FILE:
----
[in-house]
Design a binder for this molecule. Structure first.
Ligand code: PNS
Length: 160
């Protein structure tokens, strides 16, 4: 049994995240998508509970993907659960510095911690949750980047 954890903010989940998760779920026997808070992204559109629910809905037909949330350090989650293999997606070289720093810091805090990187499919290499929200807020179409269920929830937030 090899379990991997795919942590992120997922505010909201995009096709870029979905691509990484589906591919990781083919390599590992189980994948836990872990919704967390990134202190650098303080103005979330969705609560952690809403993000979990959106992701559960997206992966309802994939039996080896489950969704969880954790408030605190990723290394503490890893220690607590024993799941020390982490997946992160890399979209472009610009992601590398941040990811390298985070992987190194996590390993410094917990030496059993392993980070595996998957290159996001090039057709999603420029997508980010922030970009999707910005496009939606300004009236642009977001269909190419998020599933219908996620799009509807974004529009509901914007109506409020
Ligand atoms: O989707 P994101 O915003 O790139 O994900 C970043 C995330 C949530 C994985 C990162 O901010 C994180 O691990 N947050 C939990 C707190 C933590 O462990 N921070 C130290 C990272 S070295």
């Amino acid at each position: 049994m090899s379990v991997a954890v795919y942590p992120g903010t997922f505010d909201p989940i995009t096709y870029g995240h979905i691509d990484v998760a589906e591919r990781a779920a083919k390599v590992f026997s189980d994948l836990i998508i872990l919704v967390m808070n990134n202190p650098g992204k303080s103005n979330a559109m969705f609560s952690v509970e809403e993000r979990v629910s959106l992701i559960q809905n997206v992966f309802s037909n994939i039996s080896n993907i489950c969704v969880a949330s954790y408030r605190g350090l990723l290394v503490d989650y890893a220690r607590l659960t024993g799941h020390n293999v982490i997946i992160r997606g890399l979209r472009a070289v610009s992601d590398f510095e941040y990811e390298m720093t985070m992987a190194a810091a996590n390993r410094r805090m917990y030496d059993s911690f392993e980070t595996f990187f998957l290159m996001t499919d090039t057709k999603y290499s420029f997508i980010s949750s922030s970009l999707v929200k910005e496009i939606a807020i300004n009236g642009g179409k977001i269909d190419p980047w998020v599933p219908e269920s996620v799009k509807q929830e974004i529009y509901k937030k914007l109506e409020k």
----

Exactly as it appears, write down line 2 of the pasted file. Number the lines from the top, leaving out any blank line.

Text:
Design a binder for this molecule. Structure first.